What started in 1997 as a research project and a mission as the way to organize the world’s information has turned into the world’s largest search engine. Google has given anyone with an Internet connection access to more information than they realize. With such quick access to information, you need to be careful what you put on the World Wide Web and realize what is contained in your Google History. Remember, posts—and searches—are permanent. Here are a few privacy issues when it comes to Google:
1. Google’s Cookie and Toolbar. When you use their search engine, Google places a self-renewing cookie with a unique ID number on your hard disk. As you search Web sites, Google records your surfing activity and saves your searches. There are ways to change your Internet options to stop the cookie tracking and you can learn more by visiting www.google.com/support/accounts/.Remember, nothing you do on the Internet is private; it is all tracked, aggregated, analyzed, sold and used for a variety of purposes (many of them good). The advanced features of Google’s new toolbar for Internet Explorer not only updates automatically, but it also tracks which websites you visit.
2. Google Mail. Google’s mail service, or Gmail offers users free webmail. What most users will notice are the targeted ads that appear on the right side and above your email. According to Google’s privacy page they state “Google believes that showing relevant advertising offers more value to users than displaying random pop-ups or untargeted banner ads. In Gmail, users will see text ads and links to related pages that are relevant to the content of their messages … No email content or other personally identifiable information is ever shared with advertisers.” Although they may not directly be sharing the content of your email messages with advertisers, they are being scanned for content and populated with relevant advertising. Most people and businesses probably don’t consider an email that has been scanned by others to be truly private.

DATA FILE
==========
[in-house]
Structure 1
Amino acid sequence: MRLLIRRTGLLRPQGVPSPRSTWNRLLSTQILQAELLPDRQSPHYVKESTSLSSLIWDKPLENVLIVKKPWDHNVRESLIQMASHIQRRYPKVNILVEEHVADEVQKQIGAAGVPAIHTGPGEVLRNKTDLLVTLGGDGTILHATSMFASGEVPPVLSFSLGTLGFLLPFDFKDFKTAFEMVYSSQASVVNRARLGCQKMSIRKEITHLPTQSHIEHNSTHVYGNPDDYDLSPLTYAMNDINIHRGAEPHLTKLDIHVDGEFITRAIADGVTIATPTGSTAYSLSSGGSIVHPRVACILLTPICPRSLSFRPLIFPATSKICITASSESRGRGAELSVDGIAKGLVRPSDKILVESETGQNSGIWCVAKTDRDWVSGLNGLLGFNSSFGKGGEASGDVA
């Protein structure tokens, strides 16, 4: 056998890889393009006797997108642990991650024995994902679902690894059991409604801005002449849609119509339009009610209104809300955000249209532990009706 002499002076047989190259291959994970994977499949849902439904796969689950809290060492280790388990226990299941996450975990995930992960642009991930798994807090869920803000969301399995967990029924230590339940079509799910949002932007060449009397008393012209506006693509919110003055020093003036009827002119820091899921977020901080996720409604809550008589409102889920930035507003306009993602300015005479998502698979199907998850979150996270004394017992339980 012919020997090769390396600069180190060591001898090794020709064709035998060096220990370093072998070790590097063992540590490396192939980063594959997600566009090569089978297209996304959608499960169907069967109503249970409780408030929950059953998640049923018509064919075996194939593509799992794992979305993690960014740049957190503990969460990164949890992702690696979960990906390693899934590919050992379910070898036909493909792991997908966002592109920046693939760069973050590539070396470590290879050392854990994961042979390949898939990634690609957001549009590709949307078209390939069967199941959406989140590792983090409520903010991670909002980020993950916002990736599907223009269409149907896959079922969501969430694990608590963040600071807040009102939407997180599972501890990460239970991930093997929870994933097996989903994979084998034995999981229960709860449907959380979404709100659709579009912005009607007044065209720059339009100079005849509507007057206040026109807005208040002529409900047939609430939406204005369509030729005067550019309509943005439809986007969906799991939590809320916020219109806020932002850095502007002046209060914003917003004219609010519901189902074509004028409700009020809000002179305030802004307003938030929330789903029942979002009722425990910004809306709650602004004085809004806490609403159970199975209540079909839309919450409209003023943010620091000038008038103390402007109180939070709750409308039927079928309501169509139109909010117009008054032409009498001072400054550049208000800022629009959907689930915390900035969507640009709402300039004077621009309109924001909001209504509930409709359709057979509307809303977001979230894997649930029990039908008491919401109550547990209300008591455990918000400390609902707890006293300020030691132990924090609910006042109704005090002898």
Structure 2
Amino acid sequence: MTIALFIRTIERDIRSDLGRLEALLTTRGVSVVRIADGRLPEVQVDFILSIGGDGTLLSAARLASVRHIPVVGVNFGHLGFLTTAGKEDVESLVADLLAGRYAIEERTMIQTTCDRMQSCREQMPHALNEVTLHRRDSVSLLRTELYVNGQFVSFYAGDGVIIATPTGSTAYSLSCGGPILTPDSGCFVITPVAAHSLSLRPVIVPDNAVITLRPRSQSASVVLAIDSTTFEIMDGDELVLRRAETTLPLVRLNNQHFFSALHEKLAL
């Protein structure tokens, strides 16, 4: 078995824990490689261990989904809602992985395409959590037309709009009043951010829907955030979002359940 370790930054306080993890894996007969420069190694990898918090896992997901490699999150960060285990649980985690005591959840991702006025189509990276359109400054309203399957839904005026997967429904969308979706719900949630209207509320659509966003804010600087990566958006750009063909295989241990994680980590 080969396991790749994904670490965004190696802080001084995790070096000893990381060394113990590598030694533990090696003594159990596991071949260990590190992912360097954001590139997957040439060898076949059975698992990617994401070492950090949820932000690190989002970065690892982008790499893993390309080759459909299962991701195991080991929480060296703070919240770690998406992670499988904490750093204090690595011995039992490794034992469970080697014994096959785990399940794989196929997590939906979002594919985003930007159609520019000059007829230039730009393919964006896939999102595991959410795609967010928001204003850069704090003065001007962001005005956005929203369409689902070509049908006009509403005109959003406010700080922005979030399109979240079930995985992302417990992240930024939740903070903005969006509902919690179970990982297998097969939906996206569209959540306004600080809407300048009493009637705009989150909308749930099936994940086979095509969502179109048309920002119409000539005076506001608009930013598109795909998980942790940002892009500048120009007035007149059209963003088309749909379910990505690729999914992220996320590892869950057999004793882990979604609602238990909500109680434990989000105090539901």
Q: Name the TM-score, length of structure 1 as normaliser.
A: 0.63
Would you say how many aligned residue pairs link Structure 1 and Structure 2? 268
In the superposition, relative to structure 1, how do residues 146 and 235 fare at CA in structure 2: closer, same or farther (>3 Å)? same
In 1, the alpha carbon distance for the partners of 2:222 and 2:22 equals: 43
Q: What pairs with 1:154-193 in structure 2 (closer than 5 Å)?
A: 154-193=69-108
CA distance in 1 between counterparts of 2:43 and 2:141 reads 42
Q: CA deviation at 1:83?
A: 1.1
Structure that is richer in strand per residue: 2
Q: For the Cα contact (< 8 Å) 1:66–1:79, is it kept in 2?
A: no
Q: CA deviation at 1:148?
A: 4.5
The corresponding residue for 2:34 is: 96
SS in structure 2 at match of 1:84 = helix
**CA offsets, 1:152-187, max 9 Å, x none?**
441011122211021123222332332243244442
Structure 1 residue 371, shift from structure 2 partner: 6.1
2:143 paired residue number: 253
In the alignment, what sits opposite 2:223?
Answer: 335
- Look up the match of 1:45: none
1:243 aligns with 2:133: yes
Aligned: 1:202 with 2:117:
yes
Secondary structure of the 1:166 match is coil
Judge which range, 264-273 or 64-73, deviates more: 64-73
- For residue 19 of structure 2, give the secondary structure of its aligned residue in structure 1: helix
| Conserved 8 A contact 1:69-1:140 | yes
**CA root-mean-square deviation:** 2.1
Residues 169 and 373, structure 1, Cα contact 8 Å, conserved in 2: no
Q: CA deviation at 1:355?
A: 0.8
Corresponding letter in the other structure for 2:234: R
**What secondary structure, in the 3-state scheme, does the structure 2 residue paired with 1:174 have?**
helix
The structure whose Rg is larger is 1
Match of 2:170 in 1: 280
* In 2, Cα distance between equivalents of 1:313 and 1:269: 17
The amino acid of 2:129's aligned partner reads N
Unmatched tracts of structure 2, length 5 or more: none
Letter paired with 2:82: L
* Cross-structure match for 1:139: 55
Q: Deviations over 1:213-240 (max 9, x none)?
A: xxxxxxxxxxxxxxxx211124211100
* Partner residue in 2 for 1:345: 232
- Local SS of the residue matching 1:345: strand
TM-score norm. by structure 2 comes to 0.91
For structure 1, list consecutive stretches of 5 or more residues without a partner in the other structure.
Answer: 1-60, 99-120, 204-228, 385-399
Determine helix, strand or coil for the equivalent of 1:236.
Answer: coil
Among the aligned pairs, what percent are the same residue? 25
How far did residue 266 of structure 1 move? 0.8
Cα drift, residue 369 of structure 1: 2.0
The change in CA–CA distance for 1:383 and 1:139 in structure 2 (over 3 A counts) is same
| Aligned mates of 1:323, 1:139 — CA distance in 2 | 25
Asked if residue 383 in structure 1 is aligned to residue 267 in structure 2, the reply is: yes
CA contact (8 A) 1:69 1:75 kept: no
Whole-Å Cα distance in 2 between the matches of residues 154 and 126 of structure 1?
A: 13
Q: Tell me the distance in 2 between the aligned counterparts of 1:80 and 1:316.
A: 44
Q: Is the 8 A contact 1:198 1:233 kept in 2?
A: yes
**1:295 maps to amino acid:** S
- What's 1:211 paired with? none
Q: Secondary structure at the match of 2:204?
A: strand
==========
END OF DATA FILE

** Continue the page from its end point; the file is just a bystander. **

3. Google Docs. Google Docs is an amazingly powerful platform that essentially replaces Microsoft’s Office on your computer. This has many advantages. It is considerably less expensive, always up to date and available from any computer connected to the Internet. It gives you freedom of computing, sharing and collaboration not available when your documents are available only on a physical hard disk. It is rapidly being adopted as the office suite of choice by governments, education systems, and businesses. But as with any web-based application, there are privacy concerns.
Google’s profit model is based on collecting, indexing, and sharing as much information as possible about everyone who uses its suite of tools. Because Google dominates the search engine market, Web sites, businesses and individuals are highly dependent on them. This dependency gives us a good excuse to overlook privacy issues with the company (Gmail is so useful, I couldn’t live without it, even if I’m losing some of my privacy). The solution is not to stop using Google, the Internet or web-based tools. It is to be conscious and discriminating of how you use the tools.